WASHINGTON — Is Rep. Joe Barton, R-Texas, improving his chances at landing the chairmanship of the House Energy and Commerce Committee?
Barton, who was facing long odds at becoming chairman again because of GOP term limits, is now looking at being able to make his case to the House GOP Steering Committee without going through a separate process of getting a waiver from House GOP rules.
According to several House Republican staffers, all of the candidates to chair the panel _ Reps. Fred Upton of Michigan, John Shimkus of Illinois and Cliff Stearns of Florida _ will be able to present their argument to be chairman when the steering panel meets the week after Thanksgiving.
Barton was chairman for one term when the GOP had the majority, from 2004 to 2006, and ranking member for two terms from 2006 to 2010 when the Republicans were in the minority. The GOP rules limit service as the top Republican to three terms, or six years, unless the steering committee grants a waiver.
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The steering committee, made up of about 27 members from leadership, committee chairs, regional and freshman representatives, is effectively controlled by incoming House Speaker John Boehner of Ohio, who has five votes.
Asked about Barton on Thursday at a leadership press conference, Boehner said, “Mr. Barton is free to come to the steering committee and ask for a waiver just like any other member in that circumstance.”
Boehner reportedly said separately that the decision on a waiver and the chairmanship was “not a two-step process.”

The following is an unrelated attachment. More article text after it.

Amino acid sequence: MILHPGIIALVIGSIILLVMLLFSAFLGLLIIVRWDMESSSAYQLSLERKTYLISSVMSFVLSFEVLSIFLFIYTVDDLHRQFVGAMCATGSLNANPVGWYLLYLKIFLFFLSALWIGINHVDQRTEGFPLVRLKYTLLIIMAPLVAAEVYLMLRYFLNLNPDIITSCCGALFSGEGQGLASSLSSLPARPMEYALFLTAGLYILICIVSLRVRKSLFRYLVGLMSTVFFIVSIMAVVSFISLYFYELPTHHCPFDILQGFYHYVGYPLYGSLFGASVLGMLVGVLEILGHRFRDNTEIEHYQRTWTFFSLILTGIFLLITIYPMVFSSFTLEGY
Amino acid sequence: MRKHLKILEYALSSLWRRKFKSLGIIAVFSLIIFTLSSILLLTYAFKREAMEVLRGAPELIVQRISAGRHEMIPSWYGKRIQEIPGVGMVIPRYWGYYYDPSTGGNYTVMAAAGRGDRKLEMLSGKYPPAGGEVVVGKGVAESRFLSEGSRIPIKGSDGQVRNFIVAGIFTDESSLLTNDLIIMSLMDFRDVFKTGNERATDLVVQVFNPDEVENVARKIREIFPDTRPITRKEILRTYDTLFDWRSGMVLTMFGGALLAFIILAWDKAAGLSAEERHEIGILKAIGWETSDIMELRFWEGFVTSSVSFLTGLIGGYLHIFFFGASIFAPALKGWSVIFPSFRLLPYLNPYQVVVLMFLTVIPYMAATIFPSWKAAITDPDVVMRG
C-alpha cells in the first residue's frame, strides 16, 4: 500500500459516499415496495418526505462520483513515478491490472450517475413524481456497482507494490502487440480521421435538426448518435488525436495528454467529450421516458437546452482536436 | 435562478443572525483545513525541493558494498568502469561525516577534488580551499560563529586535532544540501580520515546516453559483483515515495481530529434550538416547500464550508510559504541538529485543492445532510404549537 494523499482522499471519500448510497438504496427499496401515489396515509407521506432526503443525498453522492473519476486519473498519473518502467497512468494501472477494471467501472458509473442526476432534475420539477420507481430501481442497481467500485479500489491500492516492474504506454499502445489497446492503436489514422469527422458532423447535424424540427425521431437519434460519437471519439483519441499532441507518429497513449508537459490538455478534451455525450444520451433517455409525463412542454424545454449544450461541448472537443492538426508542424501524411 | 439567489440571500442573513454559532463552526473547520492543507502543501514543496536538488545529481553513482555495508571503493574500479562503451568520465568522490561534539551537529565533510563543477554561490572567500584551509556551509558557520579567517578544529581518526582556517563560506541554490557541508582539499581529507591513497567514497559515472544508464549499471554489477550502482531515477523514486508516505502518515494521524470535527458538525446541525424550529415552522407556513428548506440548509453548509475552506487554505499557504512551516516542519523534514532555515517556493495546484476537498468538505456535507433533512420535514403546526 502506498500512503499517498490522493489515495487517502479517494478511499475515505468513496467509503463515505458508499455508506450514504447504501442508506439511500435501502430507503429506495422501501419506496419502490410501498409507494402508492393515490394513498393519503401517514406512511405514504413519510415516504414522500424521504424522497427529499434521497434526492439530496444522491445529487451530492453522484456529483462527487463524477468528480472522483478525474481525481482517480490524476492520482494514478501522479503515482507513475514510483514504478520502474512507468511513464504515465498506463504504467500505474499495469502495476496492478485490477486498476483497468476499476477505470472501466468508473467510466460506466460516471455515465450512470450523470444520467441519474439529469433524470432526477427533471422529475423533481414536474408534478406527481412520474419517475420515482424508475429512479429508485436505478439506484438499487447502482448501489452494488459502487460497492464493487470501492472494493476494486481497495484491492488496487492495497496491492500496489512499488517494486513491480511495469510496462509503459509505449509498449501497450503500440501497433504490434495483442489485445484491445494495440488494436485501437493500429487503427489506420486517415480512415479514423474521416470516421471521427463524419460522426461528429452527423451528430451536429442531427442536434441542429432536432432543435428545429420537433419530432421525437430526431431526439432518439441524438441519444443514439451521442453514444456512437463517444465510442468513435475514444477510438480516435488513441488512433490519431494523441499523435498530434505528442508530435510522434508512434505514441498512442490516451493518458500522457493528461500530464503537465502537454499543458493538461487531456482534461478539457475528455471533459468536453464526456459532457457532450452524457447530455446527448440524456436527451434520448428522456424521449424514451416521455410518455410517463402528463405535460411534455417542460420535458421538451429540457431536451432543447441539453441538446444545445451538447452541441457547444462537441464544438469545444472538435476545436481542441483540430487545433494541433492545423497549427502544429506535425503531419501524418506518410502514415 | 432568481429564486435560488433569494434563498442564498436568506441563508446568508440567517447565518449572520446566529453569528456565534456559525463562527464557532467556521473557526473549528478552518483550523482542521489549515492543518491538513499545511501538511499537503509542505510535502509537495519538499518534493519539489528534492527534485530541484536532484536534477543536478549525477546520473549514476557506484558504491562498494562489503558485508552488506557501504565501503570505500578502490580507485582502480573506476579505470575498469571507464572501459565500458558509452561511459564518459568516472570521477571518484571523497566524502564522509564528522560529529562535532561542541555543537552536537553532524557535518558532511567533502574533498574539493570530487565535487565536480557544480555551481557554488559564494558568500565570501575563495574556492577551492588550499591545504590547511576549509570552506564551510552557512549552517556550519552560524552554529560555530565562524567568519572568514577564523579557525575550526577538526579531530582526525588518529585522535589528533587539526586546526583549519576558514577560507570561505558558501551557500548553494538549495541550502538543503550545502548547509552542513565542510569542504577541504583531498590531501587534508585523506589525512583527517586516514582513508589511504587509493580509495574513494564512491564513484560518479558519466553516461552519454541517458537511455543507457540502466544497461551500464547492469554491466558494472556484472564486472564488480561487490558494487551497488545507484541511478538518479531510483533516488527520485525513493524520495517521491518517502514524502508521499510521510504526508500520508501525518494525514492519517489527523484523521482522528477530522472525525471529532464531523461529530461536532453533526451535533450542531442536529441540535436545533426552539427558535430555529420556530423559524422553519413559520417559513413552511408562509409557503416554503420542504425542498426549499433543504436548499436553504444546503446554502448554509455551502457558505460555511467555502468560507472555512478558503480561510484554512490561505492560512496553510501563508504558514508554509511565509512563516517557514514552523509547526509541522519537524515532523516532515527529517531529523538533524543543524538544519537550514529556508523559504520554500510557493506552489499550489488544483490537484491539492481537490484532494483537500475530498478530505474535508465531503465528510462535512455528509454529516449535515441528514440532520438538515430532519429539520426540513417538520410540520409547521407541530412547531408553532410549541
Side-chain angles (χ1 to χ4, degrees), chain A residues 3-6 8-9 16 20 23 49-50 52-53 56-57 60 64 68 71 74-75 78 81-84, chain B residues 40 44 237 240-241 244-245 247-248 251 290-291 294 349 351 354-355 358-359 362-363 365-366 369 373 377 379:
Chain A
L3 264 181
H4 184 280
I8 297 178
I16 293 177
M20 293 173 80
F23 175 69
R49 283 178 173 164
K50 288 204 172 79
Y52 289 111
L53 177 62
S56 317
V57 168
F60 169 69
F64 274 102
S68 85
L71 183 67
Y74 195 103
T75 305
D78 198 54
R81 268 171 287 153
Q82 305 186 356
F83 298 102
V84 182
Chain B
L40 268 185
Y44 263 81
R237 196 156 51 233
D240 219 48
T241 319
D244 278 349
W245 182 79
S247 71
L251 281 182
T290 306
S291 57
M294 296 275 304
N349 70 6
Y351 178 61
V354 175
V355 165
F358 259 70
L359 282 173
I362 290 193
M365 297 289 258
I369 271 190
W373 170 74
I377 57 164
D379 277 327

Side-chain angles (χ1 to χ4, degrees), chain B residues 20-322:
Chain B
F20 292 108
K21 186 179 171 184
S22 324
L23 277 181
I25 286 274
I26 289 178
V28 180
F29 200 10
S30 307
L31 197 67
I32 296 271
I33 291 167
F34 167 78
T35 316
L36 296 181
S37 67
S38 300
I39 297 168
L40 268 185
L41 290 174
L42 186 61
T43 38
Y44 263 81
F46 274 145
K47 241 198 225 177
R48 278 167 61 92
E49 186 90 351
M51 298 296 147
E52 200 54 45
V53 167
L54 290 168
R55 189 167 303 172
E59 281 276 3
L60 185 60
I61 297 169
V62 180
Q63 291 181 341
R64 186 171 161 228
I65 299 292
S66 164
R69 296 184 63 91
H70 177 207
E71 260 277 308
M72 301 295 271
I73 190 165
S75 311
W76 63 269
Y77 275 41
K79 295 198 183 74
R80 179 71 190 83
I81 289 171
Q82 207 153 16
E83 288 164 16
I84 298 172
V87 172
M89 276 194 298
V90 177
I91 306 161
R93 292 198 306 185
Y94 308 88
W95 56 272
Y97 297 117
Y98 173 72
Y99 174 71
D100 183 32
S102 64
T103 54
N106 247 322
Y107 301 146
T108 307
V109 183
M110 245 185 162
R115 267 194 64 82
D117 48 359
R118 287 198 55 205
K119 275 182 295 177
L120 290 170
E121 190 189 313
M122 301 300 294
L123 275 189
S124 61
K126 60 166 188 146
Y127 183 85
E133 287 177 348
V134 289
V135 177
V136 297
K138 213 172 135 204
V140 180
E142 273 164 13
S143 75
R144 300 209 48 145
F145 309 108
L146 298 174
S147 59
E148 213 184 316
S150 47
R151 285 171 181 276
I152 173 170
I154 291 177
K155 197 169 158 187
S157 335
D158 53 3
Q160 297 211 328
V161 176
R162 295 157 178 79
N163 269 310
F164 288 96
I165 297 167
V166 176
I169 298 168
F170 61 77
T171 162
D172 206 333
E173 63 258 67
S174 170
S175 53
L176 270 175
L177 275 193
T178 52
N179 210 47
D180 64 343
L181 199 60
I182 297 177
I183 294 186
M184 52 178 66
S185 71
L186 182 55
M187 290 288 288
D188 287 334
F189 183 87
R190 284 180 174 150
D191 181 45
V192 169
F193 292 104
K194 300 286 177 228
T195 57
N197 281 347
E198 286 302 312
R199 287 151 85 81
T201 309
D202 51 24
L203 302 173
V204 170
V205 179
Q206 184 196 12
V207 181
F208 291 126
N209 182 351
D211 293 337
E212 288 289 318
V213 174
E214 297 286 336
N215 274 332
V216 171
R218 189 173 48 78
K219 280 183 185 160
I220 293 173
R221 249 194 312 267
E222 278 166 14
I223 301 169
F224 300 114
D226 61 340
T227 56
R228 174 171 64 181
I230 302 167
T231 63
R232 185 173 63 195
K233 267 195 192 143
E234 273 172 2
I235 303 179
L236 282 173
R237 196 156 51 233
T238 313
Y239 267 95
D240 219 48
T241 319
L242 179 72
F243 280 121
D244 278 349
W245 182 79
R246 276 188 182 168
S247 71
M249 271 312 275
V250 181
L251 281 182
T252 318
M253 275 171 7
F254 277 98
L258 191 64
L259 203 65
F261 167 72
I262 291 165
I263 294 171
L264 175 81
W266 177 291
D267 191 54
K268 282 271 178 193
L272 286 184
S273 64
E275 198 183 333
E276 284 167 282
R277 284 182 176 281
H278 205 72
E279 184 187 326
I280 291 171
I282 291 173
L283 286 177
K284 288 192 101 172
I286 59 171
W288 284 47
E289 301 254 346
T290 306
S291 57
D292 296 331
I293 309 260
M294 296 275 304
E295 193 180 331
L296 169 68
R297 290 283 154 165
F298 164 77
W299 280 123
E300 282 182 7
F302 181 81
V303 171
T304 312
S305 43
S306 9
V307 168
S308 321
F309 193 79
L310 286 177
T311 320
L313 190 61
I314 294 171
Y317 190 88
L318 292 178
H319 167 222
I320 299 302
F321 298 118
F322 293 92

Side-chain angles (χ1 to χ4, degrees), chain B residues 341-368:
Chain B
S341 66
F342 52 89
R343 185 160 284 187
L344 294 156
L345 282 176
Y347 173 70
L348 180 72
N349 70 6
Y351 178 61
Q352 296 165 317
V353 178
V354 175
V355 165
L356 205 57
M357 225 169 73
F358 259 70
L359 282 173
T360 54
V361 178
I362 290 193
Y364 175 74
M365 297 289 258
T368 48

A senior GOP aide — speaking on condition of anonymity because he wasn't authorized to make a statement — said that if all the energy and commerce candidates make their case, a vote for Barton would implicitly include a waiver — enabling members to avoid a drawn out or difficult vote on the Republican rules, which Barton has attacked as “ambiguous.”
Barton got a boost on that point from Rep. Pete Sessions of Texas, newly re-elected as National Republican Congressional Committee chairman, who told reporters Thursday, according to the Daily Caller, that he did not think the rule was clear.
“I think we all understand that the time one might spend in the minority is different than being the chairman,” said Sessions.
“I think there are two different ways to look at it and I think Mr. Barton has successfully served one term as chairman and two terms as ranking member and I do not equate them as being equivalent.”
“Reports of his demise have been greatly exaggerated,” said one GOP aide supportive of Barton.
However, another senior staffer not affiliated with his competitors said, “They’re not going to pick him. He’s a loose cannon.”